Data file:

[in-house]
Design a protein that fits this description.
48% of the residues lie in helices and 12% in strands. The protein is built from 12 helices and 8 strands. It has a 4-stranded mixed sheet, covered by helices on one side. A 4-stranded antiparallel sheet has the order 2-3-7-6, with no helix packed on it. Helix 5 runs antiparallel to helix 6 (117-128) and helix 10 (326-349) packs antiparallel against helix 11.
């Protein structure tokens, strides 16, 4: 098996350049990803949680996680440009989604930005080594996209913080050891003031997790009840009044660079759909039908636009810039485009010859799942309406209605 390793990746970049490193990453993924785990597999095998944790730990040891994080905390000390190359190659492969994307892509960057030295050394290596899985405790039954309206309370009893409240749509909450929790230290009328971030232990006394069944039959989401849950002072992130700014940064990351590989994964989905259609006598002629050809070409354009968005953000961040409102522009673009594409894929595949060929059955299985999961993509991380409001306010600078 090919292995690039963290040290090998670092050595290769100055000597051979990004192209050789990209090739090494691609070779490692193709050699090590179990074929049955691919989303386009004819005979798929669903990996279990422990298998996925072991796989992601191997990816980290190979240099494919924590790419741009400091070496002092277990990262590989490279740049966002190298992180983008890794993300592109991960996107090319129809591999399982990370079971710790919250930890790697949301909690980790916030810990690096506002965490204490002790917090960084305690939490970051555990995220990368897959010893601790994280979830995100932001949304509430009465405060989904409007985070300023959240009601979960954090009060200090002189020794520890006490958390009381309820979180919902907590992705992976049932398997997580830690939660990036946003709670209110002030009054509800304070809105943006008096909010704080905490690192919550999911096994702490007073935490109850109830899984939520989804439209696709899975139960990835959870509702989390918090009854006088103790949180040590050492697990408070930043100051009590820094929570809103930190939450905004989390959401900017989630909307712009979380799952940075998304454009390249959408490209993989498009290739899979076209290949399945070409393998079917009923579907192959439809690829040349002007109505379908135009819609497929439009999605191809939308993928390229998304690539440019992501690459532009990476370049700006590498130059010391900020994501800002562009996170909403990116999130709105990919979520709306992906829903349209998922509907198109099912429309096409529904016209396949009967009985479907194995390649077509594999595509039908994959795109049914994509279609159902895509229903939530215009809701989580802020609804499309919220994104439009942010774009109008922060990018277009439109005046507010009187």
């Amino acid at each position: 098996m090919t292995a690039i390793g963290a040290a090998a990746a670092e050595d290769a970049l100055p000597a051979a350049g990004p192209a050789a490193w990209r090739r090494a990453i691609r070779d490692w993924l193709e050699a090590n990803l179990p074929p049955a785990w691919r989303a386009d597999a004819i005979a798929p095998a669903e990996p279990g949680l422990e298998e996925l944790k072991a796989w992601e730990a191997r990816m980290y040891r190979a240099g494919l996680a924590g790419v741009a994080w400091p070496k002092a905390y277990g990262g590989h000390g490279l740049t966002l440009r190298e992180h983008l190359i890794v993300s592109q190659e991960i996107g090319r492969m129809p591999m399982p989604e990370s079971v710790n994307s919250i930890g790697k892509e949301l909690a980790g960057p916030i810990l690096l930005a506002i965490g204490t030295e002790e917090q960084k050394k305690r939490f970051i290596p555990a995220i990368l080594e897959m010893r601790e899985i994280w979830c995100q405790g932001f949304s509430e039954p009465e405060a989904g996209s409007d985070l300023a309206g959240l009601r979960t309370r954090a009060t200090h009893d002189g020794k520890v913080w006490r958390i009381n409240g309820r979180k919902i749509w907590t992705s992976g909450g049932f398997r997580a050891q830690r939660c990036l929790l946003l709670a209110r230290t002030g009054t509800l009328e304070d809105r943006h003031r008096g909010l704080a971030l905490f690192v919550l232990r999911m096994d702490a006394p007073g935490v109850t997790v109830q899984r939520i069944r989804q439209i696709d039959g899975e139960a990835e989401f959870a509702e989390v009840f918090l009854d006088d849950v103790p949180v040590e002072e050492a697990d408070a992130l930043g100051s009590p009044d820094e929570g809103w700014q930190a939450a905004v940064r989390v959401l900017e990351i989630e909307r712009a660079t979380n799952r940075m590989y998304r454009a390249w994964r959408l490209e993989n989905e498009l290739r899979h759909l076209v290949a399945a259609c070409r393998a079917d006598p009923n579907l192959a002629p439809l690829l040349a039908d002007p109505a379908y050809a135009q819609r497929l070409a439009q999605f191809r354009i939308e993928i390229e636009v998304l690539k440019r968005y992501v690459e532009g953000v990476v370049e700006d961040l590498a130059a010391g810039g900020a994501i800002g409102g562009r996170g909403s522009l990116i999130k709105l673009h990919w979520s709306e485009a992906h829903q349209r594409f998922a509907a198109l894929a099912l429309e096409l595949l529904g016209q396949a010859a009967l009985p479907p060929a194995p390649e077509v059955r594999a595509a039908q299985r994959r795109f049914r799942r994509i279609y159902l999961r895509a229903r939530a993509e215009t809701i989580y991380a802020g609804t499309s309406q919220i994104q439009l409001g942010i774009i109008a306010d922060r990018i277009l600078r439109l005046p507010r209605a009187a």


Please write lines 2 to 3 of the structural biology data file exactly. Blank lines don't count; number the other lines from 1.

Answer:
Design a protein that fits this description.
48% of the residues lie in helices and 12% in strands. The protein is built from 12 helices and 8 strands. It has a 4-stranded mixed sheet, covered by helices on one side. A 4-stranded antiparallel sheet has the order 2-3-7-6, with no helix packed on it. Helix 5 runs antiparallel to helix 6 (117-128) and helix 10 (326-349) packs antiparallel against helix 11.